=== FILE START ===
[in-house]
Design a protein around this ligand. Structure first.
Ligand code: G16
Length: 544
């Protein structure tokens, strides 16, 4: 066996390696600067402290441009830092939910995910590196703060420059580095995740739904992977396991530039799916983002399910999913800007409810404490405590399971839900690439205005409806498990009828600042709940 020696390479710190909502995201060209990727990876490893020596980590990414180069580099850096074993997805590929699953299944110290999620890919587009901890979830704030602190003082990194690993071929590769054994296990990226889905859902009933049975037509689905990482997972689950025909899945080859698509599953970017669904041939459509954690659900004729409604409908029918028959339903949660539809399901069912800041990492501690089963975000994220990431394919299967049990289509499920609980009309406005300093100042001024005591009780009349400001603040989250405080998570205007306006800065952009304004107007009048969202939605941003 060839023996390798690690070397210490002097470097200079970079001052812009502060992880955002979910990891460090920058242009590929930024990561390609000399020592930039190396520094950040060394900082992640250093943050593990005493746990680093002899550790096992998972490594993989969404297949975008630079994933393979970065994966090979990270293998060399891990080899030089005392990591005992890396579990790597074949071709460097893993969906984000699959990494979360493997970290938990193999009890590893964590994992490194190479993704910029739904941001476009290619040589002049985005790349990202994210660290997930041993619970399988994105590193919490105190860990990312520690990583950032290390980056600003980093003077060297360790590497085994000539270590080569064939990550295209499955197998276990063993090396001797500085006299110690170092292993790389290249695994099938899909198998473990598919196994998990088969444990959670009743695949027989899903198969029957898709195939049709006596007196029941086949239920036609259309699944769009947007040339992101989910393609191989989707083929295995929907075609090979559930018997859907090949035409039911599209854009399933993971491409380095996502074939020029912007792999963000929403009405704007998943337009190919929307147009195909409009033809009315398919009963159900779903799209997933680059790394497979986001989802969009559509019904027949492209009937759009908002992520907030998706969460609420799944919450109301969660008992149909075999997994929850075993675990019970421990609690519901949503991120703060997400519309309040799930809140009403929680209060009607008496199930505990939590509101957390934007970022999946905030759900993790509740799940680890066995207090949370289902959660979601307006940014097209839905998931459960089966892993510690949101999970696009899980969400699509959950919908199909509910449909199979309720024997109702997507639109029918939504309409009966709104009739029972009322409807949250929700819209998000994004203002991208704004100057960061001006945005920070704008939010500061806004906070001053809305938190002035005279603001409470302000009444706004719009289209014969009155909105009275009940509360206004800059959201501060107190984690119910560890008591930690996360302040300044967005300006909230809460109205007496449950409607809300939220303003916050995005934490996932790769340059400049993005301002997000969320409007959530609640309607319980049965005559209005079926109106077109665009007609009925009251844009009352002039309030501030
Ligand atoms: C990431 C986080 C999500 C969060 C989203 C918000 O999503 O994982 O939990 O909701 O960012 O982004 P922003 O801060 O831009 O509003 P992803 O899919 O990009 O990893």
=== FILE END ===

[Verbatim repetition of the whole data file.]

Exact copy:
[in-house]
Design a protein around this ligand. Structure first.
Ligand code: G16
Length: 544
């Protein structure tokens, strides 16, 4: 066996390696600067402290441009830092939910995910590196703060420059580095995740739904992977396991530039799916983002399910999913800007409810404490405590399971839900690439205005409806498990009828600042709940 020696390479710190909502995201060209990727990876490893020596980590990414180069580099850096074993997805590929699953299944110290999620890919587009901890979830704030602190003082990194690993071929590769054994296990990226889905859902009933049975037509689905990482997972689950025909899945080859698509599953970017669904041939459509954690659900004729409604409908029918028959339903949660539809399901069912800041990492501690089963975000994220990431394919299967049990289509499920609980009309406005300093100042001024005591009780009349400001603040989250405080998570205007306006800065952009304004107007009048969202939605941003 060839023996390798690690070397210490002097470097200079970079001052812009502060992880955002979910990891460090920058242009590929930024990561390609000399020592930039190396520094950040060394900082992640250093943050593990005493746990680093002899550790096992998972490594993989969404297949975008630079994933393979970065994966090979990270293998060399891990080899030089005392990591005992890396579990790597074949071709460097893993969906984000699959990494979360493997970290938990193999009890590893964590994992490194190479993704910029739904941001476009290619040589002049985005790349990202994210660290997930041993619970399988994105590193919490105190860990990312520690990583950032290390980056600003980093003077060297360790590497085994000539270590080569064939990550295209499955197998276990063993090396001797500085006299110690170092292993790389290249695994099938899909198998473990598919196994998990088969444990959670009743695949027989899903198969029957898709195939049709006596007196029941086949239920036609259309699944769009947007040339992101989910393609191989989707083929295995929907075609090979559930018997859907090949035409039911599209854009399933993971491409380095996502074939020029912007792999963000929403009405704007998943337009190919929307147009195909409009033809009315398919009963159900779903799209997933680059790394497979986001989802969009559509019904027949492209009937759009908002992520907030998706969460609420799944919450109301969660008992149909075999997994929850075993675990019970421990609690519901949503991120703060997400519309309040799930809140009403929680209060009607008496199930505990939590509101957390934007970022999946905030759900993790509740799940680890066995207090949370289902959660979601307006940014097209839905998931459960089966892993510690949101999970696009899980969400699509959950919908199909509910449909199979309720024997109702997507639109029918939504309409009966709104009739029972009322409807949250929700819209998000994004203002991208704004100057960061001006945005920070704008939010500061806004906070001053809305938190002035005279603001409470302000009444706004719009289209014969009155909105009275009940509360206004800059959201501060107190984690119910560890008591930690996360302040300044967005300006909230809460109205007496449950409607809300939220303003916050995005934490996932790769340059400049993005301002997000969320409007959530609640309607319980049965005559209005079926109106077109665009007609009925009251844009009352002039309030501030
Ligand atoms: C990431 C986080 C999500 C969060 C989203 C918000 O999503 O994982 O939990 O909701 O960012 O982004 P922003 O801060 O831009 O509003 P992803 O899919 O990009 O990893």